The Massachusetts Department of Public Safety (DPS), in conjunction with the Massachusetts Emergency Management Agency (MEMA), is providing important information to homeowners and business owners to safely respond to the widespread flood damage.
"The recent rainstorms have affected many properties throughout the Commonwealth," stated DPS Commissioner Thomas G. Gatzunis. "As cleanup efforts begin, please keep the following important information in mind."
- Consult a professional.
Do not attempt to perform work for which you are not qualified. It is usually best to confer with a licensed construction supervisor, plumber or electrician prior to beginning any significant work following a flood event. Consulting with appropriate professionals at the start can often save time, money and headaches in the long run.
Licensed construction supervisors are typically required for structural or building-related work, such as framing, foundation, interior or exterior sheathing, windows, and roofing or siding work. Licensed oil burner technicians are required when work is performed on oil burning heating systems and, of course, plumbing and electrical professionals are often needed for fixture and equipment installations and related work.
You may verify the currency of a construction supervisor or oil burner technician license by visiting the Department of Public Safety's website @ www.mass.gov/dps and click on the DPS License Lookup icon. You may check a plumbing and\or electrical license by visiting the Division of Professional Licensure website @ www.mass.gov/dpl License information may be accessed under On-line Services on the right side of the main webpage. The specific link is http://license.reg.state.ma.us/public/licque.asp?color=blue.
- Secure all necessary permits before beginning work.
Flood waters can damage a building's structure, cause mold and other moisture related problems, damage electrical equipment and fixtures, and adversely affect other building components. Aside from general clean-ups efforts, most work will require the issuance of a building, electric and/or plumbing permit. Some municipalities have agreed to waive fees for permits issued for flood clean-up efforts.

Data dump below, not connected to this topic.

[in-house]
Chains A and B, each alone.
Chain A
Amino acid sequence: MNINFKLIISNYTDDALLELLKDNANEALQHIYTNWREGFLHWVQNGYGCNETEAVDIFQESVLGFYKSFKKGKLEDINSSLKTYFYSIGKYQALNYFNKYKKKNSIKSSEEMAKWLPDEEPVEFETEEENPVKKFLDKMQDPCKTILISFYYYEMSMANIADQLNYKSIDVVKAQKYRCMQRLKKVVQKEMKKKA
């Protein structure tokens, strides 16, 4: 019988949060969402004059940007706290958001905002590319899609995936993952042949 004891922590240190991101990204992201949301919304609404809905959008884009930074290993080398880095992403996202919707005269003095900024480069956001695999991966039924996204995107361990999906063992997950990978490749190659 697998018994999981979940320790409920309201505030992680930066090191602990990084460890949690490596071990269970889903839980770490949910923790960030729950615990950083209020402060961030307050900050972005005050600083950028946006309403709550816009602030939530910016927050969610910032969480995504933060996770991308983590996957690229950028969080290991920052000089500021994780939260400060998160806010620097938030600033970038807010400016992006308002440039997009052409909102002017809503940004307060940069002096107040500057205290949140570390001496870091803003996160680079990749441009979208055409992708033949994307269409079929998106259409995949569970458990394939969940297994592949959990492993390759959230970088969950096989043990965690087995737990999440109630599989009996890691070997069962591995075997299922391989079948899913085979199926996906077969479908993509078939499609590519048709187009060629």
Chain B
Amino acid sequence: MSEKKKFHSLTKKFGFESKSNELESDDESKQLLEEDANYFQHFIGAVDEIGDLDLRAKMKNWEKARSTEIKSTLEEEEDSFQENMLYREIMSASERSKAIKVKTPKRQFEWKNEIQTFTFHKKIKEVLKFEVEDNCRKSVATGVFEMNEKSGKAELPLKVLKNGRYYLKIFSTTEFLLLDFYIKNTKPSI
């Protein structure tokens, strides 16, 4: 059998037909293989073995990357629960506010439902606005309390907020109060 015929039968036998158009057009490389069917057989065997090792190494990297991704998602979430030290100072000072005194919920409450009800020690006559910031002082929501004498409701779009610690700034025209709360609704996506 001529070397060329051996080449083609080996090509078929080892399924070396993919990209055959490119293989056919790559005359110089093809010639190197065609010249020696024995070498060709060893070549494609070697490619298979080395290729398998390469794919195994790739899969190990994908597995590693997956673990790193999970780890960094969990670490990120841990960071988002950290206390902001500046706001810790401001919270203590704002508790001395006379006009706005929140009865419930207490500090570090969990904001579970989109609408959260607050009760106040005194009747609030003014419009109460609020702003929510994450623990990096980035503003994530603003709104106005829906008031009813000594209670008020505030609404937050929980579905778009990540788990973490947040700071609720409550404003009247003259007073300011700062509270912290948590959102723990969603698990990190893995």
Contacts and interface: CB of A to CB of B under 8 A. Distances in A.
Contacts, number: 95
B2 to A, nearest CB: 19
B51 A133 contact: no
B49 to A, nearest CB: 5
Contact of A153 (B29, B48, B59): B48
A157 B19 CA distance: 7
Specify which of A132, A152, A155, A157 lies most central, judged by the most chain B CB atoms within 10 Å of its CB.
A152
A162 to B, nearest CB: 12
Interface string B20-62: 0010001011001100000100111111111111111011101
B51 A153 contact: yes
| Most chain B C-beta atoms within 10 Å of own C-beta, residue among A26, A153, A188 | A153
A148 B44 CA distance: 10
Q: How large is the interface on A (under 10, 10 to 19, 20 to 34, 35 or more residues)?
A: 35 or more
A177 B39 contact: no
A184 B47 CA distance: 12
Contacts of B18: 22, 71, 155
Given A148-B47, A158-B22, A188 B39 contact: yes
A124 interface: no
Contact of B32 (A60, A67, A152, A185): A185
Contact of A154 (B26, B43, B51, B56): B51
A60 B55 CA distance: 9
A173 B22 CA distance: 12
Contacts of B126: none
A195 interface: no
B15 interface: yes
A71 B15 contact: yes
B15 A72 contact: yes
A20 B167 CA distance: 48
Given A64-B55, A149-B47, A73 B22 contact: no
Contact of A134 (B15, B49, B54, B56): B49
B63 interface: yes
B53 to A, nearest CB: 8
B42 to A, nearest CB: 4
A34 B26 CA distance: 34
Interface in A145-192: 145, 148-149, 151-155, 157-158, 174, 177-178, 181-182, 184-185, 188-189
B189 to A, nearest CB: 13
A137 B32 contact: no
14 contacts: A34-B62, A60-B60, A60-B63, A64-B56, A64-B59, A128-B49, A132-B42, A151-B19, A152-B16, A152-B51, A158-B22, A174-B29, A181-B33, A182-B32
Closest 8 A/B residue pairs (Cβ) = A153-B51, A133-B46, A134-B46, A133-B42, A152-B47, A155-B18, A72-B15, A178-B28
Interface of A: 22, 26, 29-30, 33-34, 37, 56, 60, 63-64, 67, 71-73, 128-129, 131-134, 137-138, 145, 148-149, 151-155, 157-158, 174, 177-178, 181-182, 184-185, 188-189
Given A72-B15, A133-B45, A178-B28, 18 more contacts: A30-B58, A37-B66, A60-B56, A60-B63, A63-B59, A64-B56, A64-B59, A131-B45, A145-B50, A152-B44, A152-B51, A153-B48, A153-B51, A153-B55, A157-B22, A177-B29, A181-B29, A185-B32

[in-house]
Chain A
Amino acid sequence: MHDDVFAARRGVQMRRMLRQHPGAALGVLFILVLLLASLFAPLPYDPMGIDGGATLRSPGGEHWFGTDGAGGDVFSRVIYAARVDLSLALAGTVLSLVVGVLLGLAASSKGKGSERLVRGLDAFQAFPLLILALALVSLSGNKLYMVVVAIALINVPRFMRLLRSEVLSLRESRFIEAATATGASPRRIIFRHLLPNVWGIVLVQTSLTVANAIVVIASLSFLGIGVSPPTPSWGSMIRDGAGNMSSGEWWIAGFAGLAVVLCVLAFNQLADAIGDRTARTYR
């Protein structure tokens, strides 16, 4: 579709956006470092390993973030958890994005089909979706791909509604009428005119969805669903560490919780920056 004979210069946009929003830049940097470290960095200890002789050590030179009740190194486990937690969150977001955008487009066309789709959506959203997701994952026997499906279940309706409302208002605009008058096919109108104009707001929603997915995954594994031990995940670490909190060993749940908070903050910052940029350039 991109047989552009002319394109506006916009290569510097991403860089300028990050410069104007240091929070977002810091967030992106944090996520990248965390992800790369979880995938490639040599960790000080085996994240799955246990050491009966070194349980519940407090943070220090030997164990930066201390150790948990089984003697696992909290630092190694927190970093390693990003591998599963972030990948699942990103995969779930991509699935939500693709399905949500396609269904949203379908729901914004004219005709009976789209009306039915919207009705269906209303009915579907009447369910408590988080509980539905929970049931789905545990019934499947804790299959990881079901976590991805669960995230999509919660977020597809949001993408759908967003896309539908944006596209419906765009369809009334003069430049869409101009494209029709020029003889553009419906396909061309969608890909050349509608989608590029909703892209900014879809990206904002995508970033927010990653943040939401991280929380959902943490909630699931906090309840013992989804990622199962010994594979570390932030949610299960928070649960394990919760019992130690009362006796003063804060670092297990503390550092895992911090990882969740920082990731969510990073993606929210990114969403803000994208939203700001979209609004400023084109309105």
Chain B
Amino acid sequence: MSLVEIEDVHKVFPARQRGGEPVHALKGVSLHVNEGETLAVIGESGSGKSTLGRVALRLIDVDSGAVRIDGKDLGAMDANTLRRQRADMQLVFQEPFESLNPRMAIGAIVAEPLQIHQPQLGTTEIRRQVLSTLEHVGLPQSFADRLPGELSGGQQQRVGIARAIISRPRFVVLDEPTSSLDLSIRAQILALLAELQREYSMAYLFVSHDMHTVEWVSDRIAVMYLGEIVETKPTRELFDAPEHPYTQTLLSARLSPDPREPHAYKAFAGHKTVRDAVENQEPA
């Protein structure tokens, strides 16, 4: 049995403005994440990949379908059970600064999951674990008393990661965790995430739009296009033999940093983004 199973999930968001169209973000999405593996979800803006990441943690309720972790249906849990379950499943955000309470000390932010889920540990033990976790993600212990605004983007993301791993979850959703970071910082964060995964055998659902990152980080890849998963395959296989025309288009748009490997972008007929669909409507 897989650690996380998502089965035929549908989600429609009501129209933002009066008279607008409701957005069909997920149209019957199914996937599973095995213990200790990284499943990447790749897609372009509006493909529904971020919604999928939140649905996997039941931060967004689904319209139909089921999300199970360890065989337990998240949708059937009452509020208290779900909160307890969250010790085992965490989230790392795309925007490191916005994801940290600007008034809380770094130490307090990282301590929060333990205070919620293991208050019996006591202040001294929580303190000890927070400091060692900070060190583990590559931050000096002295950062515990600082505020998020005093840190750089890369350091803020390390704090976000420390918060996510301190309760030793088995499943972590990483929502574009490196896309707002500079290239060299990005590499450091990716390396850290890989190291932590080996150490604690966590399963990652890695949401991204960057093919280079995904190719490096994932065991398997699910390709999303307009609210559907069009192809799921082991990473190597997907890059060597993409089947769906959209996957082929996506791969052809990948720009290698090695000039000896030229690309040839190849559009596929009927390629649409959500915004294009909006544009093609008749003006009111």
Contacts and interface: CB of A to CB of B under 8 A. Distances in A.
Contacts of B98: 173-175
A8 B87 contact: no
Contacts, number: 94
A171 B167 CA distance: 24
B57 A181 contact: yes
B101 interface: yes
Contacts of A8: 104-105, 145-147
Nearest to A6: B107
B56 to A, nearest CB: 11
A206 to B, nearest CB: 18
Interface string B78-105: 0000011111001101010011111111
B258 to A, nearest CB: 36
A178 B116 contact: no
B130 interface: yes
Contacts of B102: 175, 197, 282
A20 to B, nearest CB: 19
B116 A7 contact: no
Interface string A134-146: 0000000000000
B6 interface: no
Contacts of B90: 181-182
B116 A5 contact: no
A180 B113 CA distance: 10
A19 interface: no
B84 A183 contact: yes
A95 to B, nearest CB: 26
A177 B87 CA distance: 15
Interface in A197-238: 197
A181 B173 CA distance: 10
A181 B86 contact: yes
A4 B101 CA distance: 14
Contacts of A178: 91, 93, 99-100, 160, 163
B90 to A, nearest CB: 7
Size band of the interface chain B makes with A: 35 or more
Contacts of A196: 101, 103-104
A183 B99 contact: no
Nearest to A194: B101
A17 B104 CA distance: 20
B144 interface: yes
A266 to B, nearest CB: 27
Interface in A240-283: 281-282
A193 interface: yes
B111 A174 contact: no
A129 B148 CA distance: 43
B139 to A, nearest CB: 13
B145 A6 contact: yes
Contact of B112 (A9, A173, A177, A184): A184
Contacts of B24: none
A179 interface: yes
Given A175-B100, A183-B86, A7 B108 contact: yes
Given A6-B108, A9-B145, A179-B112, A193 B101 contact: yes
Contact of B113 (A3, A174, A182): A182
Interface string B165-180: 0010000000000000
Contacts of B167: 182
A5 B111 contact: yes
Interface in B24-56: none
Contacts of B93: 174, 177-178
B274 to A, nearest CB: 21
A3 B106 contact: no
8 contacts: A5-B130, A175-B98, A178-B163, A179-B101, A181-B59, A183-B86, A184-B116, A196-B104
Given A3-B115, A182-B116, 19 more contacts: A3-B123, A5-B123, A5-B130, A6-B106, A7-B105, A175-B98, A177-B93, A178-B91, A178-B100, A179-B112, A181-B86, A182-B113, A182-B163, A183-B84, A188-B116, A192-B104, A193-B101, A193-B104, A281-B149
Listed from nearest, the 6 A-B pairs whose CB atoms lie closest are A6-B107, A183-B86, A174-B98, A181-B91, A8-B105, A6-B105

If you are not sure whether or not a permit is required, call the building inspector in the city\town in which the work is to be performed. Licensed professionals can also help explain when permits are necessary. Also, call the municipal inspector's office to determine whether any concessions have been made with regard to permit fees.
- Make sure all work is inspected.
State regulations specify that building construction as well as plumbing and electrical work, requires inspection by the appropriate municipal inspector. Municipal inspectors help assure that work is performed in accordance with relevant codes and standards, is done well and completely, and results in a safe environment to occupy or re-occupy. As work progresses, make sure that building foundation, structure and related work is inspected by the municipal building inspector; that all plumbing work is inspected by the municipal plumbing inspector and any electrical work (including the installation of electric appliances and\or fixtures) is inspected by the municipal inspector of wires. It is best to ensure that all work is appropriately before final payment is made to contractors and\or subcontractors involved with the project.
Remember, work that is performed improperly can cause difficulties in the future; particularly mold remediation. Water that is absorbed into porous surfaces, such as carpets, gypsum wallboard and even wood, needs to be appropriately cleaned, disinfected and\or removed. Water-soaked materials that are left in place without proper treatment can cause molds to grow. Molds can reproduce on almost any surface, including; wood, ceiling tiles, wallpaper, paints, carpet, sheet rock, and insulation. The best way to control mold spread is to keep your home dry.
- Document all work.
Accurate record keeping is important in any line of work; it is particularly important to keep accurate records when repairing storm-related damages. Most insurance companies will want to see proof that permits were secured, inspections were made and necessary forms were completed prior to paying a claim. Accordingly, keep copies of all permit applications and permit cards, plans and any other relevant material as you pursue the clean-up and recovery process.
- Do not be afraid to ask questions and seek guidance.
There are many government and private institutions offer guidance and help deal with the aftermath of a flood, including:
Federal Emergency Management Agency (FEMA) - for general guidance with clean-up efforts including the attached document titled Drying-out Your Home. http://www.fema.gov/. Also, FEMA has established a specific disaster relief website that may be accessed at http://www.disasterelief.com/.
Massachusetts Emergency Management Agency - for specific guidance as to available services here in Massachusetts www.mass.gov/mema
Massachusetts Department of Public Health - for guidance on mold remediation and health issues www.mass.gov/dph.
Remember to consult with appropriate government agencies and licensed professionals to help guide the process and ease the burden of your clean-up and repair efforts.